In the Guide’s weekly Solved! column, we look into a crucial pop-culture question you’ve been burning to know the answer to – and settle it
Whatever you think of Kanye West, he remains hip-hop’s greatest salesman. His three pre-release stadium listening parties ensured that Donda, his third sub-par album on the trot, debuted with an undeserved bang. But even his manicfrenzied self-promotion doesn’t earn him a seat at the top table in the history of hype.
The origins of the word lie in criminality. In the 1920s, a hype was someone who short-changed customers. In the 60s music business, hype meant fixing chart positions through shady means. Now the word is generally applied to legal activity but it should still describe the gap between publicity and reality: the phrase “lives up to the hype” is oxymoronic. If hype delivers on its promises, then it’s no longer hype; it’s just great marketing. Take Michael Jackson in the 90s. He may have been guilty of stunning hubris when his team demanded that he be referred to as the “King of Pop” and towed a 10-metre-high MJ statue down the Thames, but his hits collection HIStory did become the biggest-selling double album of all time. Job done.
Real hype must end in failure and embarrassment, such as the infamous case of Suffolk rock band Brinsley Schwarz. In 1970, their aptly named managers Famepushers Ltd paid a fortune to fly scores of British journalists to a prestigious show in New York. But the jet had to make an emergency landing in Ireland, stranding the hacks in a free bar. When they reached the venue at the last minute they were hungover or still drunk. The stunt guaranteed a sour reception for the show and the debut album; it was 34 years before the band repaid their record label debt.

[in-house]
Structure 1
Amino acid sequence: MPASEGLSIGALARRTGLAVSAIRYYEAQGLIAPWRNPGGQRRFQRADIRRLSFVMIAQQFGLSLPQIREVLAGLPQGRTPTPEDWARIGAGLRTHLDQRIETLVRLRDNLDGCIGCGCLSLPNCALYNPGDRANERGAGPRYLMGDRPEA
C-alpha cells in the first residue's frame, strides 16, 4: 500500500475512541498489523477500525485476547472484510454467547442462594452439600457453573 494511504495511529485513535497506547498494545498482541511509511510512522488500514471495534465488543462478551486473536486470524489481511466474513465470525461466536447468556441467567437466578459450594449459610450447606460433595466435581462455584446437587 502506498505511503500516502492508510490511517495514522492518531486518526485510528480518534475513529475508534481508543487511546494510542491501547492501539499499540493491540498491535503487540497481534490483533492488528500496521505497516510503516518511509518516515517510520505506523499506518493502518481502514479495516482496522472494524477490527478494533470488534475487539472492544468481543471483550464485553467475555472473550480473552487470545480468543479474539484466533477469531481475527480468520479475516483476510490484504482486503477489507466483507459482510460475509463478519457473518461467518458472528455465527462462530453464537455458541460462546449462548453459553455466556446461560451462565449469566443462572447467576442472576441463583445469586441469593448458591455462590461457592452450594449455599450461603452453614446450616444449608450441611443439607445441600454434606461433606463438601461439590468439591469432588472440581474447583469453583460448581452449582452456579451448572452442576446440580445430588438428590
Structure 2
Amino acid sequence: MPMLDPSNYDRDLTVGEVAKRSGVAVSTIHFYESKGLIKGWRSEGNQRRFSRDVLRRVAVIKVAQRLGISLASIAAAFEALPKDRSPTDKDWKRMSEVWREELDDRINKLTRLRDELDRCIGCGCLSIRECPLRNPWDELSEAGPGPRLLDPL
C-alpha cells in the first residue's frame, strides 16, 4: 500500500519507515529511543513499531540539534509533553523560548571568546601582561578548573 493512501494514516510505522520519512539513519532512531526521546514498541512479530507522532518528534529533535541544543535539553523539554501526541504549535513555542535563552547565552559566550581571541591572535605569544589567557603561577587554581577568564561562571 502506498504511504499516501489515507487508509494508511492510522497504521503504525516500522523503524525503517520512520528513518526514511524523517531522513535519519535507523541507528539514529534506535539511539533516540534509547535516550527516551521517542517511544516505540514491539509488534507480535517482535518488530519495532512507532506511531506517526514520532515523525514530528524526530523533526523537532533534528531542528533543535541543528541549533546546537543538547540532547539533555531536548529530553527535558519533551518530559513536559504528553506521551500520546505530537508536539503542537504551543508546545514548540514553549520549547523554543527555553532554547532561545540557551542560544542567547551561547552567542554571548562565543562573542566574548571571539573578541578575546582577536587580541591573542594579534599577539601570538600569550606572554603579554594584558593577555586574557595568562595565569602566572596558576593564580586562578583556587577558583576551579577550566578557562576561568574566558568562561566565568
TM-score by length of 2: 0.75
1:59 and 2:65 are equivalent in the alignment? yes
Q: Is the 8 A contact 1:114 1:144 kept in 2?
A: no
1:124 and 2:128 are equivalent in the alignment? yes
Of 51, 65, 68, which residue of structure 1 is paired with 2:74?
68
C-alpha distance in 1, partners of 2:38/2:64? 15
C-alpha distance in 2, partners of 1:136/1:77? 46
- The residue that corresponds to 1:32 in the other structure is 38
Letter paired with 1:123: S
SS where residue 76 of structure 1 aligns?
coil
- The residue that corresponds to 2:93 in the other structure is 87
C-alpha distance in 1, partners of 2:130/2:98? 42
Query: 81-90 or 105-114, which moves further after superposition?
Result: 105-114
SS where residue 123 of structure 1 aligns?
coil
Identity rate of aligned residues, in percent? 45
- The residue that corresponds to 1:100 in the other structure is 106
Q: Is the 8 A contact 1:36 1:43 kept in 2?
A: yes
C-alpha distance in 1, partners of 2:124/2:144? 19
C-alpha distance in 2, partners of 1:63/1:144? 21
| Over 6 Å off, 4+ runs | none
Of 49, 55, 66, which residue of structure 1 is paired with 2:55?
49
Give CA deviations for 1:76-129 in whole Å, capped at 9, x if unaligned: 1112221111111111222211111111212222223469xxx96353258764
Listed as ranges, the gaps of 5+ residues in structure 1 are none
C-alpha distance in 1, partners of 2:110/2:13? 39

In Hollywood, the zenith (or nadir) of hype remains the 1998 Godzilla movie. Forbes reported that TriStar Pictures spent $50m on marketing and its commercial partners, including Taco Bell, a further $150m, thus exceeding the movie’s entire production budget. Between the saturated billboard campaign (“Size Does Matter”) and the 3,000 branded products, from pizzas to batteries, there was no escape. The (terrible) movie did make a profit but not enough to justify sequels or shift action figures, and is remembered as a giant waste of time and money.
That cash-drunk period just before the dotcom crash (itself the consequence of hype) was stuffed with expensive disappointments, from Be Here Now to The Phantom Menace to the carnage of Woodstock 99, but even they look benign next to the multi-billion-dollar hypes now generated by tech companies: at this point, the most egregious case of hype should be one that combines showbusiness with Silicon Valley snake oil, thus restoring the word to its original definition as something crooked – something with victims.
Enter 2017’s Fyre festival, an era-defining scam fuelled by the hot air of Instagram influencers and tech-bro bullshit. A once-in-a-lifetime experience for all the wrong reasons, it failed to deliver tolerable food and accommodation, let alone music, and ended up sending blowhard promoter Billy McFarland to jail for wire fraud. There are people who enjoyed Godzilla, or had fun at Woodstock 99, but there isn’t a single soul who had a great time at Fyre. Brinsley Schwarz got off lightly.